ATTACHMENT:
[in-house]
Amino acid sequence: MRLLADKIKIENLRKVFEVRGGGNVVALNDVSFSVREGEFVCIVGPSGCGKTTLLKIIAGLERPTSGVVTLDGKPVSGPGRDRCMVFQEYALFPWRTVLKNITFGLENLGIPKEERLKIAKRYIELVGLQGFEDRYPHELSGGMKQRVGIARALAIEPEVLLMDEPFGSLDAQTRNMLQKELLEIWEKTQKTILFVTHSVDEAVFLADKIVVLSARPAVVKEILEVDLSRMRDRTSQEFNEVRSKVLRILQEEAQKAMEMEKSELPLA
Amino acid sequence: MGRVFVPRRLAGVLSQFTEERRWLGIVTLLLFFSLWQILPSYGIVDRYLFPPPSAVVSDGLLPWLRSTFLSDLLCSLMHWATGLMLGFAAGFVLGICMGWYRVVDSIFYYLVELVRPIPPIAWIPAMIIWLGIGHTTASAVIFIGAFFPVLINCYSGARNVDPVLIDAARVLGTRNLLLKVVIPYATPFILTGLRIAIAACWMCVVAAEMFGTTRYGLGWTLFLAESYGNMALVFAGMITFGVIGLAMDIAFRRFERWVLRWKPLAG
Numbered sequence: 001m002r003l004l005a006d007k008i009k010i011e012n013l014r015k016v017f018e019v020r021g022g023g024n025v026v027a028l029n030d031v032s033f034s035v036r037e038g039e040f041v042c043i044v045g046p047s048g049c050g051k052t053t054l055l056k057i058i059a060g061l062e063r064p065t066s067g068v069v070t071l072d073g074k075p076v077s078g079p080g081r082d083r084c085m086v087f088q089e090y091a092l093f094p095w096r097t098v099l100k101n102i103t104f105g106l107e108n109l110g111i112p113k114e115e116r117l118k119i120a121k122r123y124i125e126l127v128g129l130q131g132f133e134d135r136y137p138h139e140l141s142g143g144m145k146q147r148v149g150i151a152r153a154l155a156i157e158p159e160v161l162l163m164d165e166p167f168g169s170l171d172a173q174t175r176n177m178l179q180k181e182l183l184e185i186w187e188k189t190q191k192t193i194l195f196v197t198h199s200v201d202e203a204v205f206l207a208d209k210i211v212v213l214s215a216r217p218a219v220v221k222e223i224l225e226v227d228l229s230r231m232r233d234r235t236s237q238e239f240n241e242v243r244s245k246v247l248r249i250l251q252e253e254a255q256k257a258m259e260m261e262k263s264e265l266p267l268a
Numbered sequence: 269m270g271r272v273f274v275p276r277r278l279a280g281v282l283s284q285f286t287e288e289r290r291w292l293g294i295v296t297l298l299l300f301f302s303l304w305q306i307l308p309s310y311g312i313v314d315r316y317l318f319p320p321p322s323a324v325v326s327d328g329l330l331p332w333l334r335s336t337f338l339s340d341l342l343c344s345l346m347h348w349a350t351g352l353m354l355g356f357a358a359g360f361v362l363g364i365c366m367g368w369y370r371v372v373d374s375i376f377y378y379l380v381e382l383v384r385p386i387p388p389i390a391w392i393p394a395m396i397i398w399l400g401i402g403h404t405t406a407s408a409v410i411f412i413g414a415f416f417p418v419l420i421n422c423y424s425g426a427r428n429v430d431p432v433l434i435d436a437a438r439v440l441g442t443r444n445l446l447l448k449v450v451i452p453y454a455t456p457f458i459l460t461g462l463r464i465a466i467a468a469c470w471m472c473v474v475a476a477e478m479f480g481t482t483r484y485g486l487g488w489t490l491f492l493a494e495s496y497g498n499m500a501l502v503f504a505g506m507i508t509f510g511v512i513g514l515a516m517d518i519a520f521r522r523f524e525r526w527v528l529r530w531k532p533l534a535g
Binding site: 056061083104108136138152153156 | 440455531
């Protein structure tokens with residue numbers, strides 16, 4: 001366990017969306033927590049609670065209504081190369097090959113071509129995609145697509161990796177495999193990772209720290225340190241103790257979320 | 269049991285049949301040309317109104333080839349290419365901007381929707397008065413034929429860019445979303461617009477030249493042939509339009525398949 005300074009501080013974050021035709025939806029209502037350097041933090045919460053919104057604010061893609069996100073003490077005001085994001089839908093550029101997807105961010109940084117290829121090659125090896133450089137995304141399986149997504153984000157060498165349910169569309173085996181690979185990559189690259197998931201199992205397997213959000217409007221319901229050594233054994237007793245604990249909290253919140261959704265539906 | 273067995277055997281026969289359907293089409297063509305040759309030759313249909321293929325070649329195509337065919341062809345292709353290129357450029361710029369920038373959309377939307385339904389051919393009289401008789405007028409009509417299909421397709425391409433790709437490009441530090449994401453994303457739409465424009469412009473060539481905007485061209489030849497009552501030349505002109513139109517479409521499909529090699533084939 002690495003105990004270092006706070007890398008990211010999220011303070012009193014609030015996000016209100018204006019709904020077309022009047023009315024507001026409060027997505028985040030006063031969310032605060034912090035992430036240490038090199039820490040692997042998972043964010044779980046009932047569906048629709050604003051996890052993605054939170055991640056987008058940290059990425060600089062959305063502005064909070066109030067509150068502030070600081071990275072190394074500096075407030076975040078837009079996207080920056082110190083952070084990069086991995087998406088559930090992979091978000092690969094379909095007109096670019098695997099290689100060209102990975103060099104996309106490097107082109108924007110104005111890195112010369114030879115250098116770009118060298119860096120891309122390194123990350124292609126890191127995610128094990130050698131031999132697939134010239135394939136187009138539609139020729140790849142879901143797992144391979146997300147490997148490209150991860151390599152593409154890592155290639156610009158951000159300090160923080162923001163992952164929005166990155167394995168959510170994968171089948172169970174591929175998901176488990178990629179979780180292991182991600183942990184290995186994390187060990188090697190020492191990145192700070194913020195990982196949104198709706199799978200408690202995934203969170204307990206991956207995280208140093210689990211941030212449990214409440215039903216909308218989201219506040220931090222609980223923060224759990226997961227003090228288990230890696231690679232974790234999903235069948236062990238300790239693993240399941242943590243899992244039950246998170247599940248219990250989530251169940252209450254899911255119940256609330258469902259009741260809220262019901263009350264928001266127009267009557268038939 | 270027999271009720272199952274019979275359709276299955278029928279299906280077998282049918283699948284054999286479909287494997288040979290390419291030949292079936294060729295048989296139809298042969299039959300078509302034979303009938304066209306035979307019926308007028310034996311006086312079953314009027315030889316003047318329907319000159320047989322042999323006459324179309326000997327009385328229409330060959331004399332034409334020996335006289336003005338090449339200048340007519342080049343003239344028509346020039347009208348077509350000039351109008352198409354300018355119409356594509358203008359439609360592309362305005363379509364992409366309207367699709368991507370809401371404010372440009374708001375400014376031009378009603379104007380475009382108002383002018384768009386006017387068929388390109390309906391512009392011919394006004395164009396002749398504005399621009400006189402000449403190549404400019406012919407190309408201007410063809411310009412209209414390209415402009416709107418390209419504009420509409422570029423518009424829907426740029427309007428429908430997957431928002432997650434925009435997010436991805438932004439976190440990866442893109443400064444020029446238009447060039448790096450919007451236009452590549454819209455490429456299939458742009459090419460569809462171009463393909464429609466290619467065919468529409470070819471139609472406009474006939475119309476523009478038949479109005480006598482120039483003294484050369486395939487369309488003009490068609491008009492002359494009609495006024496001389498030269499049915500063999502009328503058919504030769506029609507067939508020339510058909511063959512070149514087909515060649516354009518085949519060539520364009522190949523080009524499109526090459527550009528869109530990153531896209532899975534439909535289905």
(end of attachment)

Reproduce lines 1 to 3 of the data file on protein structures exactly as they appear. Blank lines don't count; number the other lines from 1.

[in-house]
Amino acid sequence: MRLLADKIKIENLRKVFEVRGGGNVVALNDVSFSVREGEFVCIVGPSGCGKTTLLKIIAGLERPTSGVVTLDGKPVSGPGRDRCMVFQEYALFPWRTVLKNITFGLENLGIPKEERLKIAKRYIELVGLQGFEDRYPHELSGGMKQRVGIARALAIEPEVLLMDEPFGSLDAQTRNMLQKELLEIWEKTQKTILFVTHSVDEAVFLADKIVVLSARPAVVKEILEVDLSRMRDRTSQEFNEVRSKVLRILQEEAQKAMEMEKSELPLA
Amino acid sequence: MGRVFVPRRLAGVLSQFTEERRWLGIVTLLLFFSLWQILPSYGIVDRYLFPPPSAVVSDGLLPWLRSTFLSDLLCSLMHWATGLMLGFAAGFVLGICMGWYRVVDSIFYYLVELVRPIPPIAWIPAMIIWLGIGHTTASAVIFIGAFFPVLINCYSGARNVDPVLIDAARVLGTRNLLLKVVIPYATPFILTGLRIAIAACWMCVVAAEMFGTTRYGLGWTLFLAESYGNMALVFAGMITFGVIGLAMDIAFRRFERWVLRWKPLAG